Kendra showed Trump & Co. that she could truly be a leader. Meanwhile, Tana showed that she had some problems in that area. Despite the fact that Tana might have gone into the final challenge with a “lead,” Kendra showed why this is the most important rule to follow.
The second rule says contestants should remain cool under fire. Kendra passed this one easily. Indeed, she showed us just how easily in the final live Boardroom. While Tana was ranting and raving and woohooing and fist-pumping next to her, Kendra remained calm and poised. When Tana tried to take credit for the Pontiac challenge win, Kendra gave her credit for designing the shape, and then went on to explain calmly that of course the shape was not the only feature that made them win. When Trump asked them each which project they would choose if they won, Kendra clearly explained why she would pick the Palm Beach Mansion. Calm, cool, collected – Kendra.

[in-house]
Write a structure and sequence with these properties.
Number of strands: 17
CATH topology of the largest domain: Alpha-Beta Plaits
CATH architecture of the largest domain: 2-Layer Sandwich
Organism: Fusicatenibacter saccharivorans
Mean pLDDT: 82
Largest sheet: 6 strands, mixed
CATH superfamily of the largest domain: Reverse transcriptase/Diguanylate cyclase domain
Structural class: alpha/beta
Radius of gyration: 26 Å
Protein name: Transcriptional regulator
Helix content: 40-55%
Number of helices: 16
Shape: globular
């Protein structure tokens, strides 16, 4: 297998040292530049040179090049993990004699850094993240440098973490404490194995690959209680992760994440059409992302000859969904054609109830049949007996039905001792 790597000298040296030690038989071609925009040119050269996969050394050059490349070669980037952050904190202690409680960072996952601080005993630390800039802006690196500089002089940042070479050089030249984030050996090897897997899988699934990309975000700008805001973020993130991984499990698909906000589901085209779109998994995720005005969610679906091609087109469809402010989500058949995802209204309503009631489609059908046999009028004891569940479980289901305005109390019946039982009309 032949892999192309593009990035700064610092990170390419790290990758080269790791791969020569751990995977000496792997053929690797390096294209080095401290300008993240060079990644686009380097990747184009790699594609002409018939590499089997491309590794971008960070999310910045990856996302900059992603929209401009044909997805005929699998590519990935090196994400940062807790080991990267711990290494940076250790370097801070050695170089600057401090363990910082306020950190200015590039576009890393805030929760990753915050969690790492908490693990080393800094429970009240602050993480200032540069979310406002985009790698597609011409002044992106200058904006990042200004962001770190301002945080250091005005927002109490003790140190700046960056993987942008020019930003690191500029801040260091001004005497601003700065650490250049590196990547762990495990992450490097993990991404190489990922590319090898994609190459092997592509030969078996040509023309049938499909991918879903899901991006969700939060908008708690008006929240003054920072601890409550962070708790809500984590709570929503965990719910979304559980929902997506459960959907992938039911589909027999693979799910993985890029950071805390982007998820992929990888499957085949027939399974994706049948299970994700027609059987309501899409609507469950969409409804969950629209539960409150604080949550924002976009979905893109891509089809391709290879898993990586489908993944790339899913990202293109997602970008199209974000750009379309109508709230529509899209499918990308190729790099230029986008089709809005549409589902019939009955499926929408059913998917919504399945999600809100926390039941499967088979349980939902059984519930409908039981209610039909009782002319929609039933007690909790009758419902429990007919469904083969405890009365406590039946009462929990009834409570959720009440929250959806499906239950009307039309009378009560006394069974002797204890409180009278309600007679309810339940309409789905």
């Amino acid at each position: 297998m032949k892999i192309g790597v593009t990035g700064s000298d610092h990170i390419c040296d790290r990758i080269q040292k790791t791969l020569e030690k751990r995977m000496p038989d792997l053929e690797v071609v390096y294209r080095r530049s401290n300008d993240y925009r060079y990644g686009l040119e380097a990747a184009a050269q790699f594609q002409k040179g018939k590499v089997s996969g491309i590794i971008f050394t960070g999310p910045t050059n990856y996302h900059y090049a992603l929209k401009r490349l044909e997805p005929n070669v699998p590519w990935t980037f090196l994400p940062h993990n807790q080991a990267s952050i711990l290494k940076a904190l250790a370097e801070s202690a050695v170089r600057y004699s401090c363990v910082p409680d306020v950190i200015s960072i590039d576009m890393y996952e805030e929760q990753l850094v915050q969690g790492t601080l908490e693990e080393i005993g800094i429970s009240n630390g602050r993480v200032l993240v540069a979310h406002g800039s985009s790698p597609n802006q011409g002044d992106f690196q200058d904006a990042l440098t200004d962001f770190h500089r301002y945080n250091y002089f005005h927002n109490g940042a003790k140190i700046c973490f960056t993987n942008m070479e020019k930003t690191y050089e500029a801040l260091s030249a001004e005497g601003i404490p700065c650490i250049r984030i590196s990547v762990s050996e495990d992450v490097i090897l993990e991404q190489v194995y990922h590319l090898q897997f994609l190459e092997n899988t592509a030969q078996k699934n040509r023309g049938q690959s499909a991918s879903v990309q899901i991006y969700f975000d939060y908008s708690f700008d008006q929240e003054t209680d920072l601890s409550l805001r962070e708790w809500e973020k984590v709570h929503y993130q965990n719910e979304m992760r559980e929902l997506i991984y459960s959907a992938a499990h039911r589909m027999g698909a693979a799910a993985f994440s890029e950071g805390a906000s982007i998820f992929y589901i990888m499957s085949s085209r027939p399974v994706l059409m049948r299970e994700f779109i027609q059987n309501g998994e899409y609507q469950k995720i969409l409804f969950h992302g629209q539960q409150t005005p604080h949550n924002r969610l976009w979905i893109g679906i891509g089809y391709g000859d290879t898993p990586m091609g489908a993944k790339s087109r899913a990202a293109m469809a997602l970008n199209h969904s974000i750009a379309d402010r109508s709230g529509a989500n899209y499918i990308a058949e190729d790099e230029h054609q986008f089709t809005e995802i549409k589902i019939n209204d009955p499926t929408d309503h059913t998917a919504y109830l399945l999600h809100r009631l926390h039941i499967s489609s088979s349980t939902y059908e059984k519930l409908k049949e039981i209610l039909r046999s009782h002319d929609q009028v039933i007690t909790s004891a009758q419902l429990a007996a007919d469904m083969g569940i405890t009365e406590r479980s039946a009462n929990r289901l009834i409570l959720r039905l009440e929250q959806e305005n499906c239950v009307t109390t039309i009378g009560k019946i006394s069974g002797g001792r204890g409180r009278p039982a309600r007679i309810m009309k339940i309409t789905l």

Third is to have a backbone. Once again, Kendra succeeded. Since we were just discussing the Pontiac challenge, let’s look at that again. Kendra knew she had a winning idea and also knew that it would mean working through the night to get it done. Despite the fact that her teammates fought her on it, she went through with it and picked up the win.
Similarly, in other challenges (at least the later ones), Kendra was not afraid to step up and say what she thought. She and Craig clashed on numerous occasions because both of them were headstrong and wanted their ideas their way. And Kendra was not simply willing to sit by and let Craig talk to her the way he did – she stepped up and told him off about that as well!